3 Tips for First Time Home Owners

Nate and I bought our first house on May 1 of 2012 and closed the last week of July. We looked at 7 houses in our price range our first weekend and were so disheartened. One house we looked at didn’t have a kitchen. A KITCHEN! Another place had a toilet in the basement. Just a toilet, not an actual bathroom. Slim pickings is putting it lightly. Nate and I thought we might have to put our house-buying plans on hold. As we were leaving our last showing with our realtor, we drove past a house that was more of what I had in mind. I pointed to it and said, “That, that’s what I want.” Nate gently explained that I might have to change my expectations.

I grew up with a mom who taught me that if you just keep trying, you’ll find a way to get what you want. Being honest, I wanted a nicer house than what our realtor was telling us we could afford and I knew if I just kept looking hard enough, I knew I could find it. The very next day (lucky break), a house that seemed more of what I was looking for dropped the asking price by $30,000. We called our realtor early the next morning to set up the showing, went to see it that night, and put in an offer at 10 PM that very evening. Within the week, they accepted our offer.

Our excitement about finding the right house for us was through the roof. I was right, naturally. We found what was a dream of a house and I knew it would be perfect for us once we could get our hands on it. I’m sure you can imagine my surprise once the craziness of the negotiation wore off and sheer terror set in. Buying a house is not just purchasing a house. It’s committing to live somewhere for an extended time. It’s not quitting your job even if you’re unhappy. It’s working extra if you need to. It’s doing things you don’t want to do because you have more responsibilities. It’s everything I didn’t know it could be. It was really scary.

Front of House

Here are some things I learned along the way:

1. Shorten that to do list. I was list making like it was my job before closing. Nate and I are doers so surely we could accomplish everything we planned during move-in week. Like I said in this post, we’re still learning that every home project takes forever and a day. We honestly thought we were going to paint the whole house, install laminate flooring in the downstairs, tile the kitchen floors, replace the French Door, and do all sorts of small repairs on top of actually moving. I also had other designy things on my list like painting the kitchen cabinets and installing board and batten.  My mom tried to warn me that we might be taking on too much, but I thought she was underestimating my dedication. I was wrong. Moms are always right, I should have known. I think if Nate and I wanted to, we could have accomplished most things on that list, but it wouldn’t have been healthy. We needed time to adjust, to breath, to acclimate. We realized that partly into week one and sat down to talk about what we needed to take off the list to give me time to get used to everything.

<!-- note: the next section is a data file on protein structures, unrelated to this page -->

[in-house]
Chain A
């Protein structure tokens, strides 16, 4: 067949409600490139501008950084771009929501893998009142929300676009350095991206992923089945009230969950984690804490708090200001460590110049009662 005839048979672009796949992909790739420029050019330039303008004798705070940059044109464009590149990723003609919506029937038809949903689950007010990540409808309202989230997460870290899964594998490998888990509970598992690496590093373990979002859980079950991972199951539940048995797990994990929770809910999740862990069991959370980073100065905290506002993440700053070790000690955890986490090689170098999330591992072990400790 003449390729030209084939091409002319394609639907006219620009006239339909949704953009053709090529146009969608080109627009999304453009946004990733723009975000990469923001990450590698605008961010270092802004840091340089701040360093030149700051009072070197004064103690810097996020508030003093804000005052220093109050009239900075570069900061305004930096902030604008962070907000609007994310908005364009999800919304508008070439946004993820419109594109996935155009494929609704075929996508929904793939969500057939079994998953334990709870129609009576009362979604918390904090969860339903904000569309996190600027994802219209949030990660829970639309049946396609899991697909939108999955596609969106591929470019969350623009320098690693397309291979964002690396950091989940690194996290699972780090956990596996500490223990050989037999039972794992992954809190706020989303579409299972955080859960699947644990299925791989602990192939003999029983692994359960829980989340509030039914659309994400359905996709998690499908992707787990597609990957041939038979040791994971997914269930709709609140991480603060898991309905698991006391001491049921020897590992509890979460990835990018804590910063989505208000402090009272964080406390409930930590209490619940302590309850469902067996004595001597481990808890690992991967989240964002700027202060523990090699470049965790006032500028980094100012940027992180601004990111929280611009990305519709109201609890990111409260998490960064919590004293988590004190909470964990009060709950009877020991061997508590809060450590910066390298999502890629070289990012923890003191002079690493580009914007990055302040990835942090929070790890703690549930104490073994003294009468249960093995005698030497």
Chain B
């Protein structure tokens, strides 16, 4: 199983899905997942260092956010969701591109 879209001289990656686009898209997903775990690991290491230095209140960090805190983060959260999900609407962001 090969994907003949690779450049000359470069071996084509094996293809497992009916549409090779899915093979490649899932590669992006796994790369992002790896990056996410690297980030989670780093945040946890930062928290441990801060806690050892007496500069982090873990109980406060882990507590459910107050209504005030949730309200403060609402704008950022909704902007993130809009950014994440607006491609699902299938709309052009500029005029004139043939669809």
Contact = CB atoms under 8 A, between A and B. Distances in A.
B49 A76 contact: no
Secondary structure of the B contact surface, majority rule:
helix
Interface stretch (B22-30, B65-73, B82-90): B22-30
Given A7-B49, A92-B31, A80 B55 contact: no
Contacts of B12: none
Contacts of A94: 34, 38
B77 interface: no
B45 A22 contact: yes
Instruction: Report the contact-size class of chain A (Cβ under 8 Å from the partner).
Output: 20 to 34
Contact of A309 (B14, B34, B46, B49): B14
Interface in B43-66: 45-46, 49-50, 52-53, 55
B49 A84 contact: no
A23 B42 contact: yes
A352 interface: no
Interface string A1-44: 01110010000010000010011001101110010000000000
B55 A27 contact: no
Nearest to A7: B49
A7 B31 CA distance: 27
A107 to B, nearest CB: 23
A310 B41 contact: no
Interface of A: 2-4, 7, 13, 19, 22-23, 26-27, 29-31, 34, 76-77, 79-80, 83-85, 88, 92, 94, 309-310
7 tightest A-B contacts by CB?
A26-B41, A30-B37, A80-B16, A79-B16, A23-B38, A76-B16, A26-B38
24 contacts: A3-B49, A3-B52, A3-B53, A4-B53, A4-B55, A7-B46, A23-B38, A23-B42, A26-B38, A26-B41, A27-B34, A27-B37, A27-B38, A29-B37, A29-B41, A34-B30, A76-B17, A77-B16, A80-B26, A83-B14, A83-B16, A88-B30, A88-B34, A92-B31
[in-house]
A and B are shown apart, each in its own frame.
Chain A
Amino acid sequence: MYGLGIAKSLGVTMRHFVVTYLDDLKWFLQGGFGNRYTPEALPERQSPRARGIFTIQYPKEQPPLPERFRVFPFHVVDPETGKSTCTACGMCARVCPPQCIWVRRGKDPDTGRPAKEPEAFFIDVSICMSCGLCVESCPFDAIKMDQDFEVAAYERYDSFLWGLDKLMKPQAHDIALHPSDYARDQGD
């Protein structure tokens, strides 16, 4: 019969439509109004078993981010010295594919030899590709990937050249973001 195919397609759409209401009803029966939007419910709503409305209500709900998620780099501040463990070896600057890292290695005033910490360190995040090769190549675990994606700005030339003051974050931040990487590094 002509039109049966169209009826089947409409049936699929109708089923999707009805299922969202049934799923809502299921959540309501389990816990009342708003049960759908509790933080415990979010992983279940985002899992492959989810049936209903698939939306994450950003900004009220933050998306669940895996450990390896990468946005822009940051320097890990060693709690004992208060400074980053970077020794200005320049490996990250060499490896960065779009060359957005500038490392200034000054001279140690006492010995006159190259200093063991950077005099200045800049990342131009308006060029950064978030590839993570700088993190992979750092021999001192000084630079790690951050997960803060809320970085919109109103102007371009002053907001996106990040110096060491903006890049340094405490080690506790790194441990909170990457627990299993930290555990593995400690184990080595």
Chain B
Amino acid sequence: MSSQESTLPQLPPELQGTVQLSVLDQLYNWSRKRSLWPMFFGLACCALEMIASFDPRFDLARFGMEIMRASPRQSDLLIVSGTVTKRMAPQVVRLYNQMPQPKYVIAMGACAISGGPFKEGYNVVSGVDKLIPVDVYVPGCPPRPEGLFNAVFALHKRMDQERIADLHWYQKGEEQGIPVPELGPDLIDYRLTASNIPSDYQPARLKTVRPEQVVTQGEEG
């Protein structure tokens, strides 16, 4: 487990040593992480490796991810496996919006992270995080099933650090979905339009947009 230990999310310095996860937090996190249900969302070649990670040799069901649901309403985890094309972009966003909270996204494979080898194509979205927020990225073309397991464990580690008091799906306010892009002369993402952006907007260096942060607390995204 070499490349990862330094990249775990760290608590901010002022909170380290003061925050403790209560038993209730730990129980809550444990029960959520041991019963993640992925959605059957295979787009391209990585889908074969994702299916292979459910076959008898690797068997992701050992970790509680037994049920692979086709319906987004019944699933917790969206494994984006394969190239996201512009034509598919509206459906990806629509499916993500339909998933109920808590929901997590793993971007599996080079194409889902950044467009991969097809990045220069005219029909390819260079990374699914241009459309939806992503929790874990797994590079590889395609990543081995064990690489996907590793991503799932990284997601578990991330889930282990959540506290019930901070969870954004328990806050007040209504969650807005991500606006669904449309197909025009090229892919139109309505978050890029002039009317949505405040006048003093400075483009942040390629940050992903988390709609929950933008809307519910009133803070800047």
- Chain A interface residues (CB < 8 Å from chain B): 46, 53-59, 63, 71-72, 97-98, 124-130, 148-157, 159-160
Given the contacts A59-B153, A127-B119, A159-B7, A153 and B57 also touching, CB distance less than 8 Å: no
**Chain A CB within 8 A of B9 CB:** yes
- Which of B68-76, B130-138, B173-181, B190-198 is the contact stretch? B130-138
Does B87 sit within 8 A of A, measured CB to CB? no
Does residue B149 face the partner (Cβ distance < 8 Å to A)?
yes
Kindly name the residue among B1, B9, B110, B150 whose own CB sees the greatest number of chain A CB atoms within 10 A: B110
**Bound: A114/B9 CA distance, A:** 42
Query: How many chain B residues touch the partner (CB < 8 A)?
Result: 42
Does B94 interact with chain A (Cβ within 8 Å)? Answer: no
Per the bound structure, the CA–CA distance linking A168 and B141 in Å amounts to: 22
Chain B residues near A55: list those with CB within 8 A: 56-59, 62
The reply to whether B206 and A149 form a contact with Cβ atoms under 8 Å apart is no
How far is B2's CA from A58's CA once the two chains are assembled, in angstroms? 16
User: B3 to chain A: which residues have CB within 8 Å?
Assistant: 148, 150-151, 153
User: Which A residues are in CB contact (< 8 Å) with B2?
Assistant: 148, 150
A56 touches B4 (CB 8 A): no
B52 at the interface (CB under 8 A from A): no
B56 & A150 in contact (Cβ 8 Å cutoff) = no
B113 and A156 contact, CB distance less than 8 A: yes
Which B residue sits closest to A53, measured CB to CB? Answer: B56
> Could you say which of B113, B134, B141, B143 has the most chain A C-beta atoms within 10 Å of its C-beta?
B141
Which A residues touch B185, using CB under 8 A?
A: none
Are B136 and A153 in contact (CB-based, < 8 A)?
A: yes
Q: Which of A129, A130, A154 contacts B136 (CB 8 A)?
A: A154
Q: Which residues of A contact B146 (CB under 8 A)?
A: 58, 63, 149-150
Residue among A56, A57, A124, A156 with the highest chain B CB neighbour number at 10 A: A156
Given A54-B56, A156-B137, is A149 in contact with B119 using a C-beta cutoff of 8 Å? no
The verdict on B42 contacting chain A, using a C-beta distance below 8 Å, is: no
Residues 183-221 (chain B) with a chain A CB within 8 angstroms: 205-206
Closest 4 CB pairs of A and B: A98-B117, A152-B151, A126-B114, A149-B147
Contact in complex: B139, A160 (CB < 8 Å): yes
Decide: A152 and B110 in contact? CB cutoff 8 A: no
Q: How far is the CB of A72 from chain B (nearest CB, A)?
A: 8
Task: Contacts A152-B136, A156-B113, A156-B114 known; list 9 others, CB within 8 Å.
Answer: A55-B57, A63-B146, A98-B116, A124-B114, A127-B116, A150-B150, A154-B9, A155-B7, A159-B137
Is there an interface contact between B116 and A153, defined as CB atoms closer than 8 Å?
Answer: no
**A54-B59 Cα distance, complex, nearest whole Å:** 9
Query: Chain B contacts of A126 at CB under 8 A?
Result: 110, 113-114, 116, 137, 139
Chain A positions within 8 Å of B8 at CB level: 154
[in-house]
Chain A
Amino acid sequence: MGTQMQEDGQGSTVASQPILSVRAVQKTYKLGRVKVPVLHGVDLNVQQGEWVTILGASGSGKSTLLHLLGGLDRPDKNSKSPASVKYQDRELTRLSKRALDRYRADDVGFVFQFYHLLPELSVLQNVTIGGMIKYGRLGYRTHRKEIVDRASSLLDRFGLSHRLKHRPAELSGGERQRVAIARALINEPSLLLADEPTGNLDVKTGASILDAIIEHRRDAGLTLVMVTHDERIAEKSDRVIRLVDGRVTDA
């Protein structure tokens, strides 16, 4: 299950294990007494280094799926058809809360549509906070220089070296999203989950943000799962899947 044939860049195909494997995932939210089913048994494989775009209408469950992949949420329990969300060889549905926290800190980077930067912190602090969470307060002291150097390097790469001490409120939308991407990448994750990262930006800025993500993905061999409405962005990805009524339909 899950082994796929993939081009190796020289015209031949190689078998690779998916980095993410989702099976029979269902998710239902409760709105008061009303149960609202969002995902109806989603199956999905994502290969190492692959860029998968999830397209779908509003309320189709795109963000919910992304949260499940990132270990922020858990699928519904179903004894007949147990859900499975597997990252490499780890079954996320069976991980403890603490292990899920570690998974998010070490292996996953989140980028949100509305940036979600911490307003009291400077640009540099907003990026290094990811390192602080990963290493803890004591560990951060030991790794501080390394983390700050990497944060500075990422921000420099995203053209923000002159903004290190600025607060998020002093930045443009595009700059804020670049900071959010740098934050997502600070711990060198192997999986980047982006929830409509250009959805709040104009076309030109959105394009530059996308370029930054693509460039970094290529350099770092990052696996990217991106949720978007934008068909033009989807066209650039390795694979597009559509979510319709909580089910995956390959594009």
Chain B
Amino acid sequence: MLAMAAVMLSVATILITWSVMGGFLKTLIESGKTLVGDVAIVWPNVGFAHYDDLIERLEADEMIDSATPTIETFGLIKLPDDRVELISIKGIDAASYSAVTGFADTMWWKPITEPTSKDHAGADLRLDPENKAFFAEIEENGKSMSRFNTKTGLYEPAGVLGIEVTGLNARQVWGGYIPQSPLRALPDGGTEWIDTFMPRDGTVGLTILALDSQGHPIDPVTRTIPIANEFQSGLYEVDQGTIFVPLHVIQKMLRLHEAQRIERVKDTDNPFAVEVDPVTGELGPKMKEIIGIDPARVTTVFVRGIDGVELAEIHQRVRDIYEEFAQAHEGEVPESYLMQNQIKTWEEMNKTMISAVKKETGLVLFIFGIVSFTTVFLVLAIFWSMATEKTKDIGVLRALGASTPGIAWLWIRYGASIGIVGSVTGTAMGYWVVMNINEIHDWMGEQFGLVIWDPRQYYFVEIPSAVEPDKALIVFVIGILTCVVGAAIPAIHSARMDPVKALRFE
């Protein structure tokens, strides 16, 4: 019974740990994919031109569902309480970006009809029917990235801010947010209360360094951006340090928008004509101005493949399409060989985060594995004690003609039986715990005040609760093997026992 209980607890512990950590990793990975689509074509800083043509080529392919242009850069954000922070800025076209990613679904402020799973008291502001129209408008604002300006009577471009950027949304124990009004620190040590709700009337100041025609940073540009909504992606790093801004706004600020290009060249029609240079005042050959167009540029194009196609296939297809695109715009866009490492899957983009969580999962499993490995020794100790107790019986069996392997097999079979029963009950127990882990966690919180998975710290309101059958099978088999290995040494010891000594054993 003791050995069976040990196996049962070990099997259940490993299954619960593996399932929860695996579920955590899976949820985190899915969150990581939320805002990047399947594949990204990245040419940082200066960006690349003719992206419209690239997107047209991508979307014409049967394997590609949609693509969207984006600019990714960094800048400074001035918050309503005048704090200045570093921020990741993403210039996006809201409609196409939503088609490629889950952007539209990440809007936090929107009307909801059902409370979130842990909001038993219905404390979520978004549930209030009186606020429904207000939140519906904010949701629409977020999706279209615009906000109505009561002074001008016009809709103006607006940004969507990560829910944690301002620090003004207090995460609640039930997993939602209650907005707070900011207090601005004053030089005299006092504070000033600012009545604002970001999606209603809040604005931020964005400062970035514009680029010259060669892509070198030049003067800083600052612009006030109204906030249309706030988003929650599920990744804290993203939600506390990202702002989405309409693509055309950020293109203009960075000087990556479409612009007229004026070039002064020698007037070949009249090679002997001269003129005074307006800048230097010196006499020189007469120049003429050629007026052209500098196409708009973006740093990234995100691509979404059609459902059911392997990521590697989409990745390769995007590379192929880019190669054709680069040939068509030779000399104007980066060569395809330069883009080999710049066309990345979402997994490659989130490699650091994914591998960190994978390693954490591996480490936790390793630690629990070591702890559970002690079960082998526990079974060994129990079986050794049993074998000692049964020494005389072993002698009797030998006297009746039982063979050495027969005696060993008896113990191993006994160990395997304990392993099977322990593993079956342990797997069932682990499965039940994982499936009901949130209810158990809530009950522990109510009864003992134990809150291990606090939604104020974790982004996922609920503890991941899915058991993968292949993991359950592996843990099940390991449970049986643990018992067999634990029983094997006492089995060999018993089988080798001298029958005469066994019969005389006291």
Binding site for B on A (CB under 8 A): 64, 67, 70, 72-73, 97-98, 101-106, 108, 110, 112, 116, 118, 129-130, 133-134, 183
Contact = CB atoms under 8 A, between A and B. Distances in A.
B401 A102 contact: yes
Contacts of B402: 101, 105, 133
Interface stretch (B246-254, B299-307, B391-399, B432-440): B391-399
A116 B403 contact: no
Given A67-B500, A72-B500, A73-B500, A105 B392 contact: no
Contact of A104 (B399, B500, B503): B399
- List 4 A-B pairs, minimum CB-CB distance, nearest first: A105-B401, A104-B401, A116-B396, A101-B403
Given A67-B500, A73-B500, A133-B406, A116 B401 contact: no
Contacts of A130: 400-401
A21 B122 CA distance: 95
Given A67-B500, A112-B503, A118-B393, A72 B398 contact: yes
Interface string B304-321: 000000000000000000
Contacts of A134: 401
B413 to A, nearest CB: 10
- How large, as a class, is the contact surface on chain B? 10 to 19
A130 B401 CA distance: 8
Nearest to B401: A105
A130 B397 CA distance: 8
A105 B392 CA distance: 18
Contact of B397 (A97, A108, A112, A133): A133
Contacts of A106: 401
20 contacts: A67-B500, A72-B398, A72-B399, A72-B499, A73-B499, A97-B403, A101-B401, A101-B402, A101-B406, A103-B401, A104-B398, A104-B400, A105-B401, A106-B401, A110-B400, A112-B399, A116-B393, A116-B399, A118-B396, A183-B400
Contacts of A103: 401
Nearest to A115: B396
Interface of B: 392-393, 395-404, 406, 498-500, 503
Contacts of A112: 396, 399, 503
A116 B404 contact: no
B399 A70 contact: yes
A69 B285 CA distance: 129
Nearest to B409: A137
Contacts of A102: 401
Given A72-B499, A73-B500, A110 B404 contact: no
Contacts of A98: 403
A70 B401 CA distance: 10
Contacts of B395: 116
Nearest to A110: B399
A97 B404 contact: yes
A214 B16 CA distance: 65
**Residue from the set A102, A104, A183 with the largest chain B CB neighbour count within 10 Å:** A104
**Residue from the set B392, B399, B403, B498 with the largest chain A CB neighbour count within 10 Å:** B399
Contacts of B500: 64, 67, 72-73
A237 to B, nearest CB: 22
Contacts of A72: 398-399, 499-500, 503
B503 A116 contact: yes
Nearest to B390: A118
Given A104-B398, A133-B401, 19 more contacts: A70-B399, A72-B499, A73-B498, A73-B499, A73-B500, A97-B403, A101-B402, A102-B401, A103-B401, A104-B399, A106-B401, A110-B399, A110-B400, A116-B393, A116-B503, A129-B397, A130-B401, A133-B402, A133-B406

2. Prioritize your goals. Yes, I still should have had tile the floors on my overall to-do list, but it shouldn’t have been on the week one list. I wish I would have made a timeline of projects and thought about what needed accomplished in week one, month one, or year one. I think knowing I still had them on the list, but was not even going to visit the idea until a certain time would have taken some pressure off. I felt like I needed to do ALL THE THINGS as soon as I moved in.

3. Finish one space. Think about what room is going to make you most comfortable. For me, it was our bedroom. Nate wanted to move our furniture into the guest bedroom because that’s where it would ultimately live once we bought new dressers, but I insisted we keep them in our room for now. I actually cried about it. Nate’s reasons were logical. Why put the furniture in our bedroom when we were just going to move it in the near future? My reasons were emotional. I was having trouble adjusting to being in a new town and a new place, I just needed something to feel as normal as possible on the first night. We set up our dressers, put our clothes away, and tried to make it feel as homey as possible. It definitely helped me feel more comfortable in an unfamiliar place.

Our moving experience was difficult for me. I love our new house and I feel so blessed to have it, but it was a huge adjustment that I just didn’t anticipate. I think that’s the hardest part. You imagine yourself being so excited about buying a house that you don’t anticipate the stress of it. Hopefully, these tips can help you avoid some of the stress that I had as a first time home owner.

For the experienced home owners, do you have any advice or tips for someone looking to buy a house? Can you relate to any of the feelings I went through when you bought your house? Share in the comments.


2 thoughts on “3 Tips for First Time Home Owners

  1. Hahaha, yep sounds a little like our experience! I would add that I regret trying to so many things done right away b/c I made design decisions that I now regret. I didn’t let myself live here and figure out what the space needed. My bright yellow kitchen/dining area walls are one! (We were also so busy that we didn’t take proper time to choose colors, or bring swatches to the new house, etc. We bought paint before we even moved!

    • I did the exact same thing with the wall colors. I painted all of the main spaces in our house tan when I’ve found out that I actually prefer a cooler color scheme. I’m itching to repaint everything gray but I just can’t do it. So. much. painting! I need your dad to help!

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